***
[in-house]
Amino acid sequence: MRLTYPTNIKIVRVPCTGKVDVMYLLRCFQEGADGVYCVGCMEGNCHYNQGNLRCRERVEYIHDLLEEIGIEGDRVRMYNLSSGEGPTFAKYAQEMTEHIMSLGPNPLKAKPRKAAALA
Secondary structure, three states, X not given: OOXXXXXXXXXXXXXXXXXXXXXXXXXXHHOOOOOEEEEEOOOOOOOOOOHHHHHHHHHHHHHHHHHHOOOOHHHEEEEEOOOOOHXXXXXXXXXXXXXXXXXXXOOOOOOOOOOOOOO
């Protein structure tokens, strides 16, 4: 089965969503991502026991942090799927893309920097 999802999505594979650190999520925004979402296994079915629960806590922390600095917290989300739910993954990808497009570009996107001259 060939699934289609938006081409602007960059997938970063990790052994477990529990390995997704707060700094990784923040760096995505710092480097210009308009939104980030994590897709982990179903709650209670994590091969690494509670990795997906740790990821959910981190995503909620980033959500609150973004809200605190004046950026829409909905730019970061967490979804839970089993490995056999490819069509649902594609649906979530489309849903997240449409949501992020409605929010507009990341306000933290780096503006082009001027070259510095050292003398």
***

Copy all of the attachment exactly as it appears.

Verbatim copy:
[in-house]
Amino acid sequence: MRLTYPTNIKIVRVPCTGKVDVMYLLRCFQEGADGVYCVGCMEGNCHYNQGNLRCRERVEYIHDLLEEIGIEGDRVRMYNLSSGEGPTFAKYAQEMTEHIMSLGPNPLKAKPRKAAALA
Secondary structure, three states, X not given: OOXXXXXXXXXXXXXXXXXXXXXXXXXXHHOOOOOEEEEEOOOOOOOOOOHHHHHHHHHHHHHHHHHHOOOOHHHEEEEEOOOOOHXXXXXXXXXXXXXXXXXXXOOOOOOOOOOOOOO
């Protein structure tokens, strides 16, 4: 089965969503991502026991942090799927893309920097 999802999505594979650190999520925004979402296994079915629960806590922390600095917290989300739910993954990808497009570009996107001259 060939699934289609938006081409602007960059997938970063990790052994477990529990390995997704707060700094990784923040760096995505710092480097210009308009939104980030994590897709982990179903709650209670994590091969690494509670990795997906740790990821959910981190995503909620980033959500609150973004809200605190004046950026829409909905730019970061967490979804839970089993490995056999490819069509649902594609649906979530489309849903997240449409949501992020409605929010507009990341306000933290780096503006082009001027070259510095050292003398």